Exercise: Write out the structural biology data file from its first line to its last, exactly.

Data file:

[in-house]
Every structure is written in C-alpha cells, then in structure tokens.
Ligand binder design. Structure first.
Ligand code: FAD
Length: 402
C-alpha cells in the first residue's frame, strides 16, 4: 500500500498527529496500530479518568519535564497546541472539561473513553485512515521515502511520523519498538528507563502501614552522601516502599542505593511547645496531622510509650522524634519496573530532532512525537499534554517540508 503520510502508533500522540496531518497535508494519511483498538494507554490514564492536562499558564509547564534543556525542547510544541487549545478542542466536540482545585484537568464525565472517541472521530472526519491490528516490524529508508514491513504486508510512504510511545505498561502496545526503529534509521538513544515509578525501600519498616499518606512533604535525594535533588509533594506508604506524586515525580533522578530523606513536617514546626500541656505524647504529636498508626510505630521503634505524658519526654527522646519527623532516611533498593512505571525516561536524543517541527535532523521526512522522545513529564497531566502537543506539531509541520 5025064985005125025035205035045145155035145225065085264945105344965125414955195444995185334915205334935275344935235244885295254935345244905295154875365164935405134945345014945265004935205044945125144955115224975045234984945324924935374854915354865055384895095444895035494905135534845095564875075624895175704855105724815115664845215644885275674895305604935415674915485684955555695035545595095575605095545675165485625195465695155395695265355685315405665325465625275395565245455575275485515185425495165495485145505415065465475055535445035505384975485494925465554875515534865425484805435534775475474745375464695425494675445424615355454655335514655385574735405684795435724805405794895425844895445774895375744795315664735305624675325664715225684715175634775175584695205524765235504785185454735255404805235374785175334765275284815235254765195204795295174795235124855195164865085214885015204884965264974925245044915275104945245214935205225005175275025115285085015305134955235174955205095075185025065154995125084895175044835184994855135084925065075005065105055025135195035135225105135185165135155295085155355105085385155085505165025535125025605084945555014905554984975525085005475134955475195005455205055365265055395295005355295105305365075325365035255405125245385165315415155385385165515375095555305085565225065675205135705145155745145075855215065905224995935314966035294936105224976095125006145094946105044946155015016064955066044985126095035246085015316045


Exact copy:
[in-house]
Every structure is written in C-alpha cells, then in structure tokens.
Ligand binder design. Structure first.
Ligand code: FAD
Length: 402
C-alpha cells in the first residue's frame, strides 16, 4: 500500500498527529496500530479518568519535564497546541472539561473513553485512515521515502511520523519498538528507563502501614552522601516502599542505593511547645496531622510509650522524634519496573530532532512525537499534554517540508 503520510502508533500522540496531518497535508494519511483498538494507554490514564492536562499558564509547564534543556525542547510544541487549545478542542466536540482545585484537568464525565472517541472521530472526519491490528516490524529508508514491513504486508510512504510511545505498561502496545526503529534509521538513544515509578525501600519498616499518606512533604535525594535533588509533594506508604506524586515525580533522578530523606513536617514546626500541656505524647504529636498508626510505630521503634505524658519526654527522646519527623532516611533498593512505571525516561536524543517541527535532523521526512522522545513529564497531566502537543506539531509541520 5025064985005125025035205035045145155035145225065085264945105344965125414955195444995185334915205334935275344935235244885295254935345244905295154875365164935405134945345014945265004935205044945125144955115224975045234984945324924935374854915354865055384895095444895035494905135534845095564875075624895175704855105724815115664845215644885275674895305604935415674915485684955555695035545595095575605095545675165485625195465695155395695265355685315405665325465625275395565245455575275485515185425495165495485145505415065465475055535445035505384975485494925465554875515534865425484805435534775475474745375464695425494675445424615355454655335514655385574735405684795435724805405794895425844895445774895375744795315664735305624675325664715225684715175634775175584695205524765235504785185454735255404805235374785175334765275284815235254765195204795295174795235124855195164865085214885015204884965264974925245044915275104945245214935205225005175275025115285085015305134955235174955205095075185025065154995125084895175044835184994855135084925065075005065105055025135195035135225105135185165135155295085155355105085385155085505165025535125025605084945555014905554984975525085005475134955475195005455205055365265055395295005355295105305365075325365035255405125245385165315415155385385165515375095555305085565225065675205135705145155745145075855215065905224995935314966035294936105224976095125006145094946105044946155015016064955066044985126095035246085015316045